Lower Lorraine disintegrated into several smaller territories and only the title of a "Duke of Lothier" remained, held by Brabant. After the duchy of the Moselle came into the possession of René of Anjou, the name "Duchy of Lorraine" was adopted again, only retrospectively called "Upper Lorraine". At that time, several territories had already split off, such as the County of Luxembourg, the Electorate of Trier, the County of Bar and the "Three Bishoprics" of Verdun, Metz and Toul.

The border between the Empire and the Kingdom of France remained relatively stable throughout the Middle Ages. In 1301, Count Henry III of Bar had to receive the western part of his lands (Barrois mouvant) as a fief by King Philip IV of France. In 1475, the Burgundian duke Charles the Bold campaigned for the Duchy of Lorraine, but was finally defeated and killed at the 1477 Battle of Nancy. In the 1552 Treaty of Chambord, a number of insurgent Protestant Imperial princes around Maurice, Elector of Saxony ceded the Three Bishoprics to King Henry II of France in turn for his support.

Due to the weakening of Imperial authority during the 1618–1648 Thirty Years' War, France was able to occupy the duchy in 1634 and retained it until 1661 when Charles IV was restored. In 1670, the French invaded again, forcing Charles into exile; his nephew and heir Charles V (1643–1690) spent his life in the service of the Imperial House of Habsburg. France returned the Duchy in the 1697 Treaty of Ryswick ending the Nine Years' War and Charles' son Leopold (1679–1729), became duke and was known as 'Leopold the Good;' in the 1701–1714 War of the Spanish Succession, parts of Lorraine, including the capital Nancy, were again occupied by France, but Leopold continued to reign at the Château de Lunéville.

In 1737, after the War of the Polish Succession, an agreement between France, the Habsburgs and the Lorraine House of Vaudémont assigned the Duchy to Stanisław Leszczyński, former king of Poland. He was also father-in-law to King Louis XV of France, and had recently lost out to a candidate backed by Russia and Austria in the War of the Polish Succession. The duke of Lorraine, Francis Stephen, betrothed to the Emperor's daughter Archduchess Maria Theresa, was compensated with the Grand Duchy of Tuscany, where the last Medici ruler had recently died without issue. France also promised to support Maria Theresa as heir to the Habsburg possessions under the Pragmatic Sanction of 1713. Leszczyński received Lorraine with the understanding that it would fall to the French crown on his death. The title of Duke of Lorraine was given to Stanisław, but also retained by Francis Stephen, and it figures prominently in the titles of his successors (as a non-claimant family name), the House of Habsburg-Lorraine. When Stanisław died on 23 February 1766, Lorraine was annexed by France and reorganized as a province by the French government.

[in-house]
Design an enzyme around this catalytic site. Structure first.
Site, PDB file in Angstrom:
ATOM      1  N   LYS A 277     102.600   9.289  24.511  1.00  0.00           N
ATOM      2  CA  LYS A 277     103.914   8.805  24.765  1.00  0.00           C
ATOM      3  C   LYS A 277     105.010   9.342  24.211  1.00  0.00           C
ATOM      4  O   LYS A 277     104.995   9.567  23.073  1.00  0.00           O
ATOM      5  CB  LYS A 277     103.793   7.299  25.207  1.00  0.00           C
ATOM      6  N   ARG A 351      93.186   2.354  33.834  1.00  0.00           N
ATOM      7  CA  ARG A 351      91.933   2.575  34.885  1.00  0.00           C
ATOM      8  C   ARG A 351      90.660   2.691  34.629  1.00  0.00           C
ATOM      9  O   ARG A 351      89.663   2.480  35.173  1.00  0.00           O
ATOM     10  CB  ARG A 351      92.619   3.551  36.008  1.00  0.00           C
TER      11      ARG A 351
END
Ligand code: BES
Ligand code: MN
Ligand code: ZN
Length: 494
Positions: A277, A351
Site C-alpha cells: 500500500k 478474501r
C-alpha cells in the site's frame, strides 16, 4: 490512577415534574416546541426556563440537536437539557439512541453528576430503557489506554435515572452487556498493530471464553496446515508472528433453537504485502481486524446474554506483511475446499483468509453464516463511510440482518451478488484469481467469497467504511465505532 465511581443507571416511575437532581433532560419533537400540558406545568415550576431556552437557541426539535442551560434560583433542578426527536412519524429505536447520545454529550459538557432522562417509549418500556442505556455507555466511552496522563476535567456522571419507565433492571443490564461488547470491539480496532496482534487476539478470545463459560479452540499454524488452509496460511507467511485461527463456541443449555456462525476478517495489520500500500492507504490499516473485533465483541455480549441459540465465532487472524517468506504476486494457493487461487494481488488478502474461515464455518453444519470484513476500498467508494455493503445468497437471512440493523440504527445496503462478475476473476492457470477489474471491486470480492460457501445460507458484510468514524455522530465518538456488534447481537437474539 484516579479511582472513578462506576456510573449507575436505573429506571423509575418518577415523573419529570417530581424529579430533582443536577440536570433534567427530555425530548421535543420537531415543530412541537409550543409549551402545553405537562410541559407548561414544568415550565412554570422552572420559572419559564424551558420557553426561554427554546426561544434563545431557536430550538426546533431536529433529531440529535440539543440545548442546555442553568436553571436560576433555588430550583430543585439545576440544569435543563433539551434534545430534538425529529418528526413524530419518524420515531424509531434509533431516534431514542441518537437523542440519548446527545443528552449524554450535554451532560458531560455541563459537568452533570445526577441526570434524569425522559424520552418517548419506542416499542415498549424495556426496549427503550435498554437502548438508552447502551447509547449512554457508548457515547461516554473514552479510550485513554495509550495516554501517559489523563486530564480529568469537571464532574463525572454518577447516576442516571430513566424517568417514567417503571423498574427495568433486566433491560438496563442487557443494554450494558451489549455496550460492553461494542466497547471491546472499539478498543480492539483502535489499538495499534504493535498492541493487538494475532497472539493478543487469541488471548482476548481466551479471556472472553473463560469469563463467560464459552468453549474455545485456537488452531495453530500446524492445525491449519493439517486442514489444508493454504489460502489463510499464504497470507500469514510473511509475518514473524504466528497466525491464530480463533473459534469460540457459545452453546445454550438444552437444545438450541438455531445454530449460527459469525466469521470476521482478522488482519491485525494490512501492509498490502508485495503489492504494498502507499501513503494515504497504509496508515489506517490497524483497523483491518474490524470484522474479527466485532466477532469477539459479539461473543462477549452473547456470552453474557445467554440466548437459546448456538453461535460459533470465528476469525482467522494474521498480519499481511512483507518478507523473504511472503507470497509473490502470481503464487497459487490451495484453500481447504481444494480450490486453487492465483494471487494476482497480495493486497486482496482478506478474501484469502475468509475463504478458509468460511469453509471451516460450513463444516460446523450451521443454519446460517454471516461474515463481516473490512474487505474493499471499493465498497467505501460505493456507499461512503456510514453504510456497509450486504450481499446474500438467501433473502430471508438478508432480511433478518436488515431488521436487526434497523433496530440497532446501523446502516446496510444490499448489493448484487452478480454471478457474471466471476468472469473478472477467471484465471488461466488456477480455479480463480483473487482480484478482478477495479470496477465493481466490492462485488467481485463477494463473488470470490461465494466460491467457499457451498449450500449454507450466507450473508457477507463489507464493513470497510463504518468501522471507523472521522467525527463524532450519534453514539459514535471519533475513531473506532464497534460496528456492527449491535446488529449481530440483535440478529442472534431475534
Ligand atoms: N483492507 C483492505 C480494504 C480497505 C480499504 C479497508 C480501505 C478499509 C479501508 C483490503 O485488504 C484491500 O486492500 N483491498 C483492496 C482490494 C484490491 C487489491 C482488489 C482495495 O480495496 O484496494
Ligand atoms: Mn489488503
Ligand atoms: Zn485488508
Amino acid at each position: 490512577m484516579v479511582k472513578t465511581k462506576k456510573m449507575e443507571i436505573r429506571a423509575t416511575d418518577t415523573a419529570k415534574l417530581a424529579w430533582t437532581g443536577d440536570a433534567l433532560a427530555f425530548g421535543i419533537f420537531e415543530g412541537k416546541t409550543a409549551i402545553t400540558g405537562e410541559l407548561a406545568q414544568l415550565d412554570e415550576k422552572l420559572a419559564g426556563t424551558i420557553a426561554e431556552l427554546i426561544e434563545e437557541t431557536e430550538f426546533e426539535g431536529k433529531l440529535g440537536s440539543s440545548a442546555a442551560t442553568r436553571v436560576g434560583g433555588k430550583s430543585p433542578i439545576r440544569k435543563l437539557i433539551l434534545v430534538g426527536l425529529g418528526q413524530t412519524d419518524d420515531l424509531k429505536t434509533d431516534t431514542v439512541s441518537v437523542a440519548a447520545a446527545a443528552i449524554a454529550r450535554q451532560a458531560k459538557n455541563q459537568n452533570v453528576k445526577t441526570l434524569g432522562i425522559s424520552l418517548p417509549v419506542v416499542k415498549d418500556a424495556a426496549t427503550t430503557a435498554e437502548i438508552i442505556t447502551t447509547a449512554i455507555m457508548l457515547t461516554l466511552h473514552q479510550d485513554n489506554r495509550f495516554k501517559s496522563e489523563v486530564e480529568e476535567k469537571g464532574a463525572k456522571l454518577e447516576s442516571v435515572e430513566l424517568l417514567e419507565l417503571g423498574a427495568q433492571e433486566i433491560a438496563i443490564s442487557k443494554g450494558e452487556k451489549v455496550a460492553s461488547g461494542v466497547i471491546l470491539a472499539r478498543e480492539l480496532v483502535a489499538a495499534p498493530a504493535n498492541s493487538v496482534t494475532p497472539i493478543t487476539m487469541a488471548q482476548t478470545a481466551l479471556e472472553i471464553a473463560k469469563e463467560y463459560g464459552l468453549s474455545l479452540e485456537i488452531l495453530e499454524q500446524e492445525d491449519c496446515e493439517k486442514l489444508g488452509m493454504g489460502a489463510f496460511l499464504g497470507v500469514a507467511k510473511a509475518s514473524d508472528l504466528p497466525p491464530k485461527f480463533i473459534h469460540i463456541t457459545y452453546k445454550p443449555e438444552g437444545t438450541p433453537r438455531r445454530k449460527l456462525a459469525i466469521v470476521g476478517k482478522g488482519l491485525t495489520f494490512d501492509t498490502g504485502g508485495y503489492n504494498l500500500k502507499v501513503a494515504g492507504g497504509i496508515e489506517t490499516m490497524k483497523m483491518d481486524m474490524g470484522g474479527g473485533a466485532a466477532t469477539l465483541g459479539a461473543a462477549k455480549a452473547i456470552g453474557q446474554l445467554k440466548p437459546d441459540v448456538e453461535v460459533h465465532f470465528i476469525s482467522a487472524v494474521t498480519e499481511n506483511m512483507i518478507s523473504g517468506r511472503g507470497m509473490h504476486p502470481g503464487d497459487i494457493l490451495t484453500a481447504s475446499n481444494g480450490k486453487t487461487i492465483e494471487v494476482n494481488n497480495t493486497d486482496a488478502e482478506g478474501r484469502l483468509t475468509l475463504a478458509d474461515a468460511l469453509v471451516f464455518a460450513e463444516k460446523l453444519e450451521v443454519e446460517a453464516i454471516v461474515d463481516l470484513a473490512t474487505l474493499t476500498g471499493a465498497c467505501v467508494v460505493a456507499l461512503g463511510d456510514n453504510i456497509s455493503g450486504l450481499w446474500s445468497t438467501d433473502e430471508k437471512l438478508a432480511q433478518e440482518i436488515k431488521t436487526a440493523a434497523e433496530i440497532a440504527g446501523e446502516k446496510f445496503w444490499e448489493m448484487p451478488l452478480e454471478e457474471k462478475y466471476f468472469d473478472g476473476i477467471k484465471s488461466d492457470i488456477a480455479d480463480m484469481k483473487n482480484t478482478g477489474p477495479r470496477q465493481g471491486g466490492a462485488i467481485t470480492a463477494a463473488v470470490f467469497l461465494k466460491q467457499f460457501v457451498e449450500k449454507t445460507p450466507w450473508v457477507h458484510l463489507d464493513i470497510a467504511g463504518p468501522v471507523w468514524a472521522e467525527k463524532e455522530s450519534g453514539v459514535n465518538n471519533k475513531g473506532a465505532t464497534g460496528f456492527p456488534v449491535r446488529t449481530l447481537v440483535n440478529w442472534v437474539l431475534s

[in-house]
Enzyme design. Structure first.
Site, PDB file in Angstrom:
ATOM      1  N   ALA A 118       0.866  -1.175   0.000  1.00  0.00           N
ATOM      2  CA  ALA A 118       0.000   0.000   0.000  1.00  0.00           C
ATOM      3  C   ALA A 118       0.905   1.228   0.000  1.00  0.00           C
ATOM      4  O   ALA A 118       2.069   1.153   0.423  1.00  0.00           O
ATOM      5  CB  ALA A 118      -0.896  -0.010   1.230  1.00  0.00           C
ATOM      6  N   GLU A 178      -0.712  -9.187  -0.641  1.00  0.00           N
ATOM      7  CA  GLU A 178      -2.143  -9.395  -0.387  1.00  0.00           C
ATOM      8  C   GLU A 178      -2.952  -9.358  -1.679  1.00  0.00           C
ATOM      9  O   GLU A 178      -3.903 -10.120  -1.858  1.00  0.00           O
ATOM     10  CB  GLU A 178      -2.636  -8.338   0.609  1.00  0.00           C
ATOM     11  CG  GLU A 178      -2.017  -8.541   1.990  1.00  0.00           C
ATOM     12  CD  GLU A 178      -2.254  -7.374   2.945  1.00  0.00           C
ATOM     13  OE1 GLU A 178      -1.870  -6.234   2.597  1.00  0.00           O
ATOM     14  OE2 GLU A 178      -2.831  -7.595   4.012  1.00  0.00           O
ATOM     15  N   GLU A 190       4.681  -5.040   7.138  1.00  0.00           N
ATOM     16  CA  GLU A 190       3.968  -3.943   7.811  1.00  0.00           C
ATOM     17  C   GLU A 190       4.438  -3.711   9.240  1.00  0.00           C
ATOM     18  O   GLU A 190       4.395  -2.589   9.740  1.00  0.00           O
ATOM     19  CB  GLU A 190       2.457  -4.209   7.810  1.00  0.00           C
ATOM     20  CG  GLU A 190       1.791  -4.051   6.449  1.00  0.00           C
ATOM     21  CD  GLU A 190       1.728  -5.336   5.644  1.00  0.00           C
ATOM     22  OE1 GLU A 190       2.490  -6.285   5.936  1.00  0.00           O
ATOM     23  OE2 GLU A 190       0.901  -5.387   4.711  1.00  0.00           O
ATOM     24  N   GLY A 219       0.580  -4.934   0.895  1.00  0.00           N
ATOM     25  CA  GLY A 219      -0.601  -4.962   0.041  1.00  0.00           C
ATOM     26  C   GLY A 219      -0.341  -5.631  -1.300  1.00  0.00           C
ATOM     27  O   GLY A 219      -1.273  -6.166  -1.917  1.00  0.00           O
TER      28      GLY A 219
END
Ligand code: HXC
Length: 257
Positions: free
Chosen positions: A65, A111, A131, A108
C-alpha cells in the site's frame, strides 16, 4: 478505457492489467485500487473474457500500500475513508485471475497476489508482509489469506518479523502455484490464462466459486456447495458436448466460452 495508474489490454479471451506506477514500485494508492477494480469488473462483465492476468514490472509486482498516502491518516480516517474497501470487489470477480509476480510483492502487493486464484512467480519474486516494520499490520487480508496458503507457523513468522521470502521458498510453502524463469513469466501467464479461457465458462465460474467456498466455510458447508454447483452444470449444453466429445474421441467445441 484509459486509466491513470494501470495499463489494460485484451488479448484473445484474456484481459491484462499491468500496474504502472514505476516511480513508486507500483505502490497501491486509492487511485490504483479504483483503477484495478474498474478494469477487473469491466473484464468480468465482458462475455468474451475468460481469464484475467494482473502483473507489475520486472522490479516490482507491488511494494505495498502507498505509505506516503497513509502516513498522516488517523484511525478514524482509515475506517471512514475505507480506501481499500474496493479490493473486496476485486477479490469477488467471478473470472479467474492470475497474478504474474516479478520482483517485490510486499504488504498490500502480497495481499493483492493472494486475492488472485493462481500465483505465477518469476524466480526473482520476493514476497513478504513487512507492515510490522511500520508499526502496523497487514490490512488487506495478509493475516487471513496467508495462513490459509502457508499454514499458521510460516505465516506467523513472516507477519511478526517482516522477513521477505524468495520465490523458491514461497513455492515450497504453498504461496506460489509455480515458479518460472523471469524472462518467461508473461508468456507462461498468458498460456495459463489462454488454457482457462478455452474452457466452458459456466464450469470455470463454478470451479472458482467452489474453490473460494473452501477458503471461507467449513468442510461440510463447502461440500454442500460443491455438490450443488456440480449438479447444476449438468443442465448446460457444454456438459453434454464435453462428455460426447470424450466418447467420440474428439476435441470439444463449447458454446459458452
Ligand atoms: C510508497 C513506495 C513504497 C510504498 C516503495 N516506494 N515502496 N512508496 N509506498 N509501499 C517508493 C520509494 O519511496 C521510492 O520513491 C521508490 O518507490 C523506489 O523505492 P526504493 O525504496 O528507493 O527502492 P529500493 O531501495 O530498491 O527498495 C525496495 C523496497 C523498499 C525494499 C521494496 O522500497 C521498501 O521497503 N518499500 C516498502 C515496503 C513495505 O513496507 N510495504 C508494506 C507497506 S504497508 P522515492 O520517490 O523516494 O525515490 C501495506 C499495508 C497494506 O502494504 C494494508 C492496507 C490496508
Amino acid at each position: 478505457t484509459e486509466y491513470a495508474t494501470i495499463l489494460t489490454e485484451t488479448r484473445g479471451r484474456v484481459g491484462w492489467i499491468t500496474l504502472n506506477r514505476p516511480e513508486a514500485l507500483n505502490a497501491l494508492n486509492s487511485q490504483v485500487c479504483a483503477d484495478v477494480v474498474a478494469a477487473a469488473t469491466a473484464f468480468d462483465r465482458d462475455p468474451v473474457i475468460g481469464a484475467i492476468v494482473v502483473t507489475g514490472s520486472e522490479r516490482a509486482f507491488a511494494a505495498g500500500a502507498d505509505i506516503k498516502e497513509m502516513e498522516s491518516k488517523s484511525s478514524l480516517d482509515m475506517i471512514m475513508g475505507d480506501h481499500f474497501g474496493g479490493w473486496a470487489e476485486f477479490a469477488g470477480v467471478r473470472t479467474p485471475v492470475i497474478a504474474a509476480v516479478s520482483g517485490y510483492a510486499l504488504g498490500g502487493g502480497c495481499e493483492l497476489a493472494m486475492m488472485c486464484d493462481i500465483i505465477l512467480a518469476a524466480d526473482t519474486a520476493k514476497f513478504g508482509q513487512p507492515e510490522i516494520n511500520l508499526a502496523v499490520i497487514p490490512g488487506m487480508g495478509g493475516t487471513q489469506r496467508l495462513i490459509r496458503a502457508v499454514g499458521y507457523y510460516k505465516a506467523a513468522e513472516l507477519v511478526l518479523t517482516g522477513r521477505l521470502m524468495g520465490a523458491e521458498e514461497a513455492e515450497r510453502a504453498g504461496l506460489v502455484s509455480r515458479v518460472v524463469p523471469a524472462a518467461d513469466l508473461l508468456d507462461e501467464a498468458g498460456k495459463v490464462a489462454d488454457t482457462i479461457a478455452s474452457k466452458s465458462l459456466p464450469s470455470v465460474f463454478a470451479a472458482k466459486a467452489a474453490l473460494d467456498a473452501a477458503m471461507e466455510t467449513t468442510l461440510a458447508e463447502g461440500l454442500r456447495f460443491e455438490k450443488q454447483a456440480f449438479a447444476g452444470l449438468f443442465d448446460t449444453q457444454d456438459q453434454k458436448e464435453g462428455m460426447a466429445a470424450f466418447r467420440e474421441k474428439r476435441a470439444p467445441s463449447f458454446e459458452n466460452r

Two regional languages survive in the region.

Lorraine Franconian, known as francique or platt (lorrain) in French, is a West Central German dialect spoken by a minority in the northern part of the region. This is distinct from the neighbouring Alsatian language, although the two are often confused. Neither has any form of official recognition.

Lorrain is a Romance dialect spoken by a minority in the southern part of the region.

The duchy produced a number of important painters, including Claude Lorrain, Georges de La Tour and Jean LeClerc.

Like most of France's regional languages (such as Breton, Franco-Provençal, Occitan, Alsatian, Catalan, Basque and Flemish), Lorrain and Lorraine Franconian were largely replaced by French with the advent of mandatory public schooling in the 19th and 20th centuries.

See also[edit]


  1. ^ Augustin Calmet (1745). "Sur les sceaux,armoiries, couleurs, devises, cris de guerre, titres des Ducs de Lorraine". Histoire de Lorraine. Leseur..
  2. ^ Siebmacher, Johann (1703). Erneuertes und vermehrtes Wappenbuch... Nürnberg: Adolph Johann Helmers. pp. Part I Table 6.

Further reading[edit]

  • Herrick, Linda & Wendy Uncapher. Alsace-Lorraine: The Atlantic Bridge to Germany. Janesville, WI: 2003.
  • Hughes, S. P. (2005) "Bilingualism in North-East France with specific reference to Rhenish Franconian spoken by Moselle Cross-border (or frontier) workers."[1]
  • Putnam, Ruth. Alsace and Lorraine: From Cæsar to Kaiser, 58 B.C.-1871 A.D. New York: 1915.

External links[edit]

48°41′N 6°11′E / 48.69°N 6.18°E / 48.69; 6.18